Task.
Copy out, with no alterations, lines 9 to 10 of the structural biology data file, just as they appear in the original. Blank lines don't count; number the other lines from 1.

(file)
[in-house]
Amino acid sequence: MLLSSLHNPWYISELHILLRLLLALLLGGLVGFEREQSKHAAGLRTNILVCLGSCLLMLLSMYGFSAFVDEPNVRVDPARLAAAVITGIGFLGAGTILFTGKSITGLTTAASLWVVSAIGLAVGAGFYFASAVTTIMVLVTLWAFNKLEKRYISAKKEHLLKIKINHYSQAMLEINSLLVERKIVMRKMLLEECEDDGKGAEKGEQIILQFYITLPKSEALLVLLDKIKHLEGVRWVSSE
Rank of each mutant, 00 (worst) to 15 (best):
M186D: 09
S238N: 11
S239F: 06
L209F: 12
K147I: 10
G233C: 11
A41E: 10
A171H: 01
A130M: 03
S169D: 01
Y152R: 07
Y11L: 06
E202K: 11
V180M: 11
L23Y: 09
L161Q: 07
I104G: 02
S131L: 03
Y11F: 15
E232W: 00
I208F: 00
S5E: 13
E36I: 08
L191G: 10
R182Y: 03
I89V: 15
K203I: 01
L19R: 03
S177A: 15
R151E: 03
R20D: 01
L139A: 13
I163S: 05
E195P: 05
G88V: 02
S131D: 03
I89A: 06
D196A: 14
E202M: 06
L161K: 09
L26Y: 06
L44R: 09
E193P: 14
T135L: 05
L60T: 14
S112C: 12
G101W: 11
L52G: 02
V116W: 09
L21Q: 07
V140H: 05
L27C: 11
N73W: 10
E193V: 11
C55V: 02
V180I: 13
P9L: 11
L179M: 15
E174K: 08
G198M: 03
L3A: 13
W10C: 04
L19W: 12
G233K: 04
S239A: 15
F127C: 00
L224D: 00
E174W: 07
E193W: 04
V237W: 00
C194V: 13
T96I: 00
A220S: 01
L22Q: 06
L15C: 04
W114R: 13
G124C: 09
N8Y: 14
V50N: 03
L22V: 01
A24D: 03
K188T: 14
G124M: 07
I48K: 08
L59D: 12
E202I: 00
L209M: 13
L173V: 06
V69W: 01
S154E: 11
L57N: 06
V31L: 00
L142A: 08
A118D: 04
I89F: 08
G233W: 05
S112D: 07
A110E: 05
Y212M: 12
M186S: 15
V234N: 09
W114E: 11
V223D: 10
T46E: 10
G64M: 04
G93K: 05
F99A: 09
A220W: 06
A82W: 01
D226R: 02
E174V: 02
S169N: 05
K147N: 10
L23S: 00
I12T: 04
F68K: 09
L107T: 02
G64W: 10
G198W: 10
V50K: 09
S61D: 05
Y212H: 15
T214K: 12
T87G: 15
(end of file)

G233C: 11
A41E: 10